Every patient should have access to an in-person doctor at all times in an ideal system, and an in-person doctor-patient connection is preferred to talking with a specialist through video. However, the truth is that the majority of the country lacks access to MAT, resulting in thousands of deaths prematurely.
The DEA has announced that, in response to the Covid-19 crisis in early 2020, practitioners can now prescribe buprenorphine to patients via telemedicine without first conducting an in-person evaluation. This implies that if a doctor determines that a patient is a good candidate for buprenorphine following a video or phone consultation, he or she can start prescribing the medicine to that patient.
This is a big relief for folks suffering from opioid addiction who have been looking for a private and convenient option to get help.
In the United States, the treatment gap continues to be a barrier to tackling opioid use disorder (OUD). In 2018, an estimated 2 million Americans were diagnosed with OUD, but only about 26% received treatment.
Despite evidence to the contrary and guidelines from the Substance Abuse and Mental Health Services Administration, some patients and policymakers believe that inpatient treatment for OUD is the best option (SAMHSA). As of 2017, 60% of residential facilities in the United States did not offer any FDA-approved medicine to treat OUD, the gold standard treatment for this illness.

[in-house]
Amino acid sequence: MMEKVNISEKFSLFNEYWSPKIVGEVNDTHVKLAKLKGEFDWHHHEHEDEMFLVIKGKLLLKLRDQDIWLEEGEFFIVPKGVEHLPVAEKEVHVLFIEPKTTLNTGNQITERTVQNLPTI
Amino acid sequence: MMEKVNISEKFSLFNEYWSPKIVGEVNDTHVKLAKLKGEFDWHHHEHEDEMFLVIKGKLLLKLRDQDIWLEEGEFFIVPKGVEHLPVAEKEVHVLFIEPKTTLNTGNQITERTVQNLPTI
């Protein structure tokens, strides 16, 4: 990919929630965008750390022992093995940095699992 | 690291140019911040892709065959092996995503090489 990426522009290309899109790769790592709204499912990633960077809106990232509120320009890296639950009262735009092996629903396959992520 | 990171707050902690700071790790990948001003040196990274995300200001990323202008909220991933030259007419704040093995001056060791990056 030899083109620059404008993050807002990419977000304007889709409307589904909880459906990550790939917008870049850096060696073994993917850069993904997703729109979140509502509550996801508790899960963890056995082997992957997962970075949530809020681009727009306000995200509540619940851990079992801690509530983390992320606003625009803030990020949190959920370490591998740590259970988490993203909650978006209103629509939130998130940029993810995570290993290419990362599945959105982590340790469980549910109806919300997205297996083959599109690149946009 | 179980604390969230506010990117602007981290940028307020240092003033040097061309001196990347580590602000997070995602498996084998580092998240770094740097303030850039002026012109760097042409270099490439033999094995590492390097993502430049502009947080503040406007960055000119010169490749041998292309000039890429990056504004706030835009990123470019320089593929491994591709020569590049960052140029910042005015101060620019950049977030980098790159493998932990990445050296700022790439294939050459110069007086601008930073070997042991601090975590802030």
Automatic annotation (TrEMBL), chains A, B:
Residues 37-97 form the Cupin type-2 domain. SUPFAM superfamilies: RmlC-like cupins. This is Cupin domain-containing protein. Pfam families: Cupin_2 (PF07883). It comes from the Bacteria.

Outpatient treatment in the community, as illustrated in a recent Pew video, provides various benefits and a suitable degree of care for many people, particularly those with a less severe OUD according to diagnostic criteria. Outpatient treatment, as illustrated by David Zee, an outpatient recovery advocate, allows people to stay in their communities, maintain employment and/or education, and be close to their support networks, such as family and friends. Outpatient treatment is also less expensive than inpatient treatment.
The federal government has eased restrictions for OUD treatment in response to the coronavirus pandemic, allowing two-week or longer take-home methadone doses, initial buprenorphine consultations via phone or videoconference, and the use of telehealth for counseling, making outpatient care more accessible than ever before. These accommodations may also make it easier for patients to begin or continue treatment while exercising physical distance, which is one of the CDC's top recommendations for preventing the transmission of coronavirus.